A Liberian Physician and Epidemiologist, who contracted and survived the Ebola virus attack, has admitted that the disease came to expose to the world Liberia’s weak and vulnerable health system.
Dr. Philip Z. Ireland, a panelist during a one-day Liberia Civil Society Organizations Ebola Response Task Force Policy Dialogue in Monrovia yesterday, stressed that the healthcare delivery system of Liberia is one of the most vulnerable and most deplorable in the world.
Dr. Ireland, who contracted the disease from a patient he was treating, said Liberians are thinkers who can make positive changes in the health system and other sectors, but they are poorly treated.
He said the Liberian Government prefers to purchase vehicles costing about US$20,000 or more each, but fails to improve the health and education sectors that will benefit its citizens.
Sharing what he experienced during his illness, he described the ELWA nurses at the Ebola Treatment Unit as among the best nurses in Liberia who, for the sake of humanity, attend to patients in line with medical and nursing ethics.
He told the civil society organizations that nurses are seriously humiliated by their managers who go at lengths to discourage development partners from giving them more attractive salaries.
Because of the humiliation doctors and other professionals face in their line of work, many are defecting from their professions, seeking political positions, especially in the Senate and the House of Representatives, since political positions offer better salaries and other emoluments, declared Dr. Ireland.
The Liberian physician observed that such behavior on the part of Liberians in authority clearly shows that the society welcomes people who commit evil and treats good people with disdain.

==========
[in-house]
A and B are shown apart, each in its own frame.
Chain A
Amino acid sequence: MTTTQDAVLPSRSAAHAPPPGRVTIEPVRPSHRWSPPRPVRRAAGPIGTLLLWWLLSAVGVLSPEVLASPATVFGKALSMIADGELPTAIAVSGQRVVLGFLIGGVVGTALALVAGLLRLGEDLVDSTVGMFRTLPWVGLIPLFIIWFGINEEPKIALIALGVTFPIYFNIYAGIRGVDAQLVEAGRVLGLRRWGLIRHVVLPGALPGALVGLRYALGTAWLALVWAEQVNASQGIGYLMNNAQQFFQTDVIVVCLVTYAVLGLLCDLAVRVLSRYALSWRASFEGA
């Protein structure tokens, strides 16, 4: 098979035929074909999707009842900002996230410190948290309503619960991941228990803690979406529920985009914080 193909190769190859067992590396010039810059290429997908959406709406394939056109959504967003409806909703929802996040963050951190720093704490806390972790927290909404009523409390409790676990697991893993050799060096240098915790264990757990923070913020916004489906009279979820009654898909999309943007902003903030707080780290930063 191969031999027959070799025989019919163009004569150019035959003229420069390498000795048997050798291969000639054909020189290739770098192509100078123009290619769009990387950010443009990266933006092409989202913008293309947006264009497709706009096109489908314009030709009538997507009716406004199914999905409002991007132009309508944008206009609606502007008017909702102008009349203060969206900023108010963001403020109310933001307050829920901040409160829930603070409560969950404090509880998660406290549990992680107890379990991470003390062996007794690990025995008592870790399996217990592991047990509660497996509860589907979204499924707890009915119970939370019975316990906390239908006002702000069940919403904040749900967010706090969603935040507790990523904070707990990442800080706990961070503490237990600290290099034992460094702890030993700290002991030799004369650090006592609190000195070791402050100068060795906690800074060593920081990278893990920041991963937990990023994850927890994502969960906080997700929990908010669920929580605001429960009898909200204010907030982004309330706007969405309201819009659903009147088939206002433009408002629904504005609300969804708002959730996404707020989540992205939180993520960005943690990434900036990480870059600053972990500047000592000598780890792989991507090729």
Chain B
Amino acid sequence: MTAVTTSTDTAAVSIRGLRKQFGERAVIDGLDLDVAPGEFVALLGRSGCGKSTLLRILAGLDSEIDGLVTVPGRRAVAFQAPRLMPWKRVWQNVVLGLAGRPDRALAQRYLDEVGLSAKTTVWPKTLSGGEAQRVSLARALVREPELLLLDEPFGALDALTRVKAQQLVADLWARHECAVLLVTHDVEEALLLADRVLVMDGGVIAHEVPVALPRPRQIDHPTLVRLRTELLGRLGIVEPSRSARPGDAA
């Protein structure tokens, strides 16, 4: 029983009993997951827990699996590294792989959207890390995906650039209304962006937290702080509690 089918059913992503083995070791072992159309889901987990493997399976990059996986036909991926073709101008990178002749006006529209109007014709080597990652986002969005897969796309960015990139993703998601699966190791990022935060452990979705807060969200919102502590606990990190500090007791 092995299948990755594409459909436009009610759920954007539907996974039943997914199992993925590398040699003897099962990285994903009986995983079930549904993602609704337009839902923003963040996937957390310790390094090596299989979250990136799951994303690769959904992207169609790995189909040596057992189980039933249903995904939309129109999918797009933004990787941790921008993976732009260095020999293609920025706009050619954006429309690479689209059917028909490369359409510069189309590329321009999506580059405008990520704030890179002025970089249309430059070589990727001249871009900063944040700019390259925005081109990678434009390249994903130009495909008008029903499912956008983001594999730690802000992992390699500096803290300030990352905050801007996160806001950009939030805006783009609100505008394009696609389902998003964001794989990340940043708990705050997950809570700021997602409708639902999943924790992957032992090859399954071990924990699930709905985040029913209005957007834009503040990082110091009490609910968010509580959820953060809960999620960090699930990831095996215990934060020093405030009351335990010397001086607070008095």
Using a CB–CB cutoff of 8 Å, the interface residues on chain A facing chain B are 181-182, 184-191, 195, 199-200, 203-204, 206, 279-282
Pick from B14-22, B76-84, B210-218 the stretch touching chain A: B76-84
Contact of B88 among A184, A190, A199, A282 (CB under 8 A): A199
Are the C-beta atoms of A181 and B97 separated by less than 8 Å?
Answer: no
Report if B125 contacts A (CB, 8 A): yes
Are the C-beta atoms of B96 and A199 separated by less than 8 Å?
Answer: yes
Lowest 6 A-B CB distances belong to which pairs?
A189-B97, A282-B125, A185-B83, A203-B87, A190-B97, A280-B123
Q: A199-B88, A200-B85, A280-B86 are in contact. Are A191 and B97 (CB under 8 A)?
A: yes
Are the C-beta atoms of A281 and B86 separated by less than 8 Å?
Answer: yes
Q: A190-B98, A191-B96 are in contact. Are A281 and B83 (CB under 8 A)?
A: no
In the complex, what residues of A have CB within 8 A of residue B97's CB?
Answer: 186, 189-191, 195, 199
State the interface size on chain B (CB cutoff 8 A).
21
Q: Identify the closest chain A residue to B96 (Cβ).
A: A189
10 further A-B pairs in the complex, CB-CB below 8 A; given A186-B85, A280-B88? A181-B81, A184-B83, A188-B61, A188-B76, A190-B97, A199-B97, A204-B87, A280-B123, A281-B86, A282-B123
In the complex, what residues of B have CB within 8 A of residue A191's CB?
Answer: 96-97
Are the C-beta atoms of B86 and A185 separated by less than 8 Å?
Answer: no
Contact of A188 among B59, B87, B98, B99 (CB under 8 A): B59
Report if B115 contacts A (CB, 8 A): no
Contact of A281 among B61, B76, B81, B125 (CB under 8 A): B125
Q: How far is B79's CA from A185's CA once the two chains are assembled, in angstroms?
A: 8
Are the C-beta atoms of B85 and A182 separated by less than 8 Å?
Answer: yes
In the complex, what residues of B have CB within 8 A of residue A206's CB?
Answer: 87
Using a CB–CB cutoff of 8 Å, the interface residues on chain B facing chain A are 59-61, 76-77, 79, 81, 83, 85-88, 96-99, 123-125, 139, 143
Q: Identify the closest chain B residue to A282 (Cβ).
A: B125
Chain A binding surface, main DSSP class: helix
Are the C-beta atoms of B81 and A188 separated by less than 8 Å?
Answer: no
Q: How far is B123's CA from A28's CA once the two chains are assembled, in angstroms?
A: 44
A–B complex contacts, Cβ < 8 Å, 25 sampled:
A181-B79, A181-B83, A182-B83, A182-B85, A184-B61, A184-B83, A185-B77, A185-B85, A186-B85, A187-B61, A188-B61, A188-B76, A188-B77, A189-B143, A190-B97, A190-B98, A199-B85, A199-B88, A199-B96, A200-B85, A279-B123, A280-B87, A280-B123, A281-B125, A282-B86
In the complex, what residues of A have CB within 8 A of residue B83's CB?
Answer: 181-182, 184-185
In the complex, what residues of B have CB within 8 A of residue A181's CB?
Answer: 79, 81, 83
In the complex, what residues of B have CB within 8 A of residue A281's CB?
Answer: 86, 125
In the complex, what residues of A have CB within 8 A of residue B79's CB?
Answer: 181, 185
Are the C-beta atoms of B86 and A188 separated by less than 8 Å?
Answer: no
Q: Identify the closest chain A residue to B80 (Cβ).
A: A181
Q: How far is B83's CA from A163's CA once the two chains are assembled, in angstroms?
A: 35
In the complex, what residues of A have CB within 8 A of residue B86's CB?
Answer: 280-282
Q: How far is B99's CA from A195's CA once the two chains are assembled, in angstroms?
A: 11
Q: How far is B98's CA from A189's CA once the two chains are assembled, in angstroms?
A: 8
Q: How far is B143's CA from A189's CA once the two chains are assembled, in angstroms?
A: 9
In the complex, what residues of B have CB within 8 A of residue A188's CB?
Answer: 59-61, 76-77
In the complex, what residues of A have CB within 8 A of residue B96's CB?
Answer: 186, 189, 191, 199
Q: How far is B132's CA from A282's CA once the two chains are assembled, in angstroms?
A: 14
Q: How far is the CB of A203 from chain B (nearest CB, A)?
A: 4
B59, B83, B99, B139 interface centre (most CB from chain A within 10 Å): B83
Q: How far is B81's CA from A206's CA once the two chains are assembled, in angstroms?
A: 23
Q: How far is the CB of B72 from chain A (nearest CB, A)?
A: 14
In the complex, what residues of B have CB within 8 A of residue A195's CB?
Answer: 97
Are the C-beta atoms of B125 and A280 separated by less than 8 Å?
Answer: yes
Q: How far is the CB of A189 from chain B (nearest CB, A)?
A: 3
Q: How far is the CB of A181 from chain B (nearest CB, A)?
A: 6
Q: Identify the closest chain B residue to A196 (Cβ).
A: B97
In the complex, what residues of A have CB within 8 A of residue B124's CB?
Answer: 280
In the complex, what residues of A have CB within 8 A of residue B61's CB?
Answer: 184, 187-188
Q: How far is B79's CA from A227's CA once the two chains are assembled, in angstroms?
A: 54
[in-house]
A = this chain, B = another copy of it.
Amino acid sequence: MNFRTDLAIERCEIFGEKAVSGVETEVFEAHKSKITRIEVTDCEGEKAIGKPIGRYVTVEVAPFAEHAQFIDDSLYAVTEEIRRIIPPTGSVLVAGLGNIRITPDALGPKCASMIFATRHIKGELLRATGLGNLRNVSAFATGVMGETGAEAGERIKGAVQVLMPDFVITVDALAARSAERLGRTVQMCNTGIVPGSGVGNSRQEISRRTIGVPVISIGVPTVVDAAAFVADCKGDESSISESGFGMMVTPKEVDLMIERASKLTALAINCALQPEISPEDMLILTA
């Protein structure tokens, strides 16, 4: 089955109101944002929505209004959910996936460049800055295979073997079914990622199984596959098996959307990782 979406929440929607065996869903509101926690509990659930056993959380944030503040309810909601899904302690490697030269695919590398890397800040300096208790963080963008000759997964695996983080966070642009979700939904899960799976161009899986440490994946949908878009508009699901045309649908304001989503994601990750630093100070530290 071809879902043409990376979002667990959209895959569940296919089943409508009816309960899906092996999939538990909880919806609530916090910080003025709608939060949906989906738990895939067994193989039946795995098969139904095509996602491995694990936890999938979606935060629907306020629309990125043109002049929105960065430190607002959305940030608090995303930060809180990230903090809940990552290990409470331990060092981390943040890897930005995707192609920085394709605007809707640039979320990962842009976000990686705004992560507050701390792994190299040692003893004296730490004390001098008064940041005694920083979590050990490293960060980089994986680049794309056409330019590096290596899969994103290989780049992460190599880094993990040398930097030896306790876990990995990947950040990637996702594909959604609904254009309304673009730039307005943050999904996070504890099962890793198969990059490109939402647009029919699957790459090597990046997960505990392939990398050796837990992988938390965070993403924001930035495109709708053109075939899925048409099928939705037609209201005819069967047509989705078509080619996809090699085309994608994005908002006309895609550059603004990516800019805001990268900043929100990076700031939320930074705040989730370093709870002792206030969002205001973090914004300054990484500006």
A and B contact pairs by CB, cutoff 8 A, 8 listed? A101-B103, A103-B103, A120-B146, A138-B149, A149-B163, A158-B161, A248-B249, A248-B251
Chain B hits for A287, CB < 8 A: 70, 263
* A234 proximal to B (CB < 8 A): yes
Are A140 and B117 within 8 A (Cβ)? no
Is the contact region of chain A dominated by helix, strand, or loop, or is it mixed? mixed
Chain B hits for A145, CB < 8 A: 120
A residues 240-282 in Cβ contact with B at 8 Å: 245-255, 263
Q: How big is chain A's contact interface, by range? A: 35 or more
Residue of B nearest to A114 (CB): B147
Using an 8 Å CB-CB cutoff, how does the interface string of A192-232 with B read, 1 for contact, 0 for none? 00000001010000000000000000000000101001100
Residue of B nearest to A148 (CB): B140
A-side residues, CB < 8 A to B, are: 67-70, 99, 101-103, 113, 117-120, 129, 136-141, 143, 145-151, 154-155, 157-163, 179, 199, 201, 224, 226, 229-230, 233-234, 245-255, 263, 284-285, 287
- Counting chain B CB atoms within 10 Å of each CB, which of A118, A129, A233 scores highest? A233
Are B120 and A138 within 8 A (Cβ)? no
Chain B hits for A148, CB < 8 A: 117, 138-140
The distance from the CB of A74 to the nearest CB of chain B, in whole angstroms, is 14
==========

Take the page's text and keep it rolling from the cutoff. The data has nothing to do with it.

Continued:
Alluding to recent comments by one of Liberia’s top medical doctors, Vuyu K. Golakai, Dr. Ireland reiterated that the health system is centuries backward and will require infusing more resources into it and other sectors as well before any improvement can be realized.
Most people that died from Ebola met their demise because medical institutions took too long to attend to them in the absence of the emergency response team, Dr. Ireland charged.
He commended ordinary Liberians for taking the necessary precautions and adhering to health messages to prevent the disease.
He further emphasized the major roles the media and international partners played in the fight against Ebola and expressed optimism that the disease was on its way out of the country.
The Liberia Civil Society Organizations Ebola Response Task Force is a group that monitors key stakeholders in the fight against Ebola.
It monitors media coverage on Ebola, how funds given by government and partners are expended.
In his presentation on stakeholders’ performances in the Ebola fight in the month of November, the Director of the Liberia Media Center, Att. Lamii Kpargoi, said they observed in counties monitored that most health facilities did not have personal protective equipment (PPEs) while about 60% of the health workers were not on salaries but given minimal incentives.
Atty. Kpargoi also acknowledged that in the 44 health facilities visited, there were limited beds for pregnant women and anti-malaria drugs were lacking.
He added that the government of Liberia allotted US$931,150 from the county development funds to be used in several counties including Gparpolu, Grand Gedeh and Montserrado, but those counties where the funds were used have not given any account.
Atty. Kpargoi also disclosed that US$283 million was reportedly disbursed by the international community towards the fight against Ebola, but civil society groups were still seeking to know how these funds were used.
Among media houses monitored for coverage of the Ebola Virus, the Liberia Media Center Director said the Daily Observer alone published about 78 stories followed by Front Page Africa and New Democrat.
For radio, he disclosed that Lux FM broadcast more than the rest of the stations monitored, giving 130 minutes of air time for Ebola messages.
Search for Common Ground Director, Oscar Bloh, in his welcome statement, said the dialogue is the first for the Civil Society Task Force and they are determined to monitor closely the Ebola fight to ensure transparency in spending and community approaches towards survivors.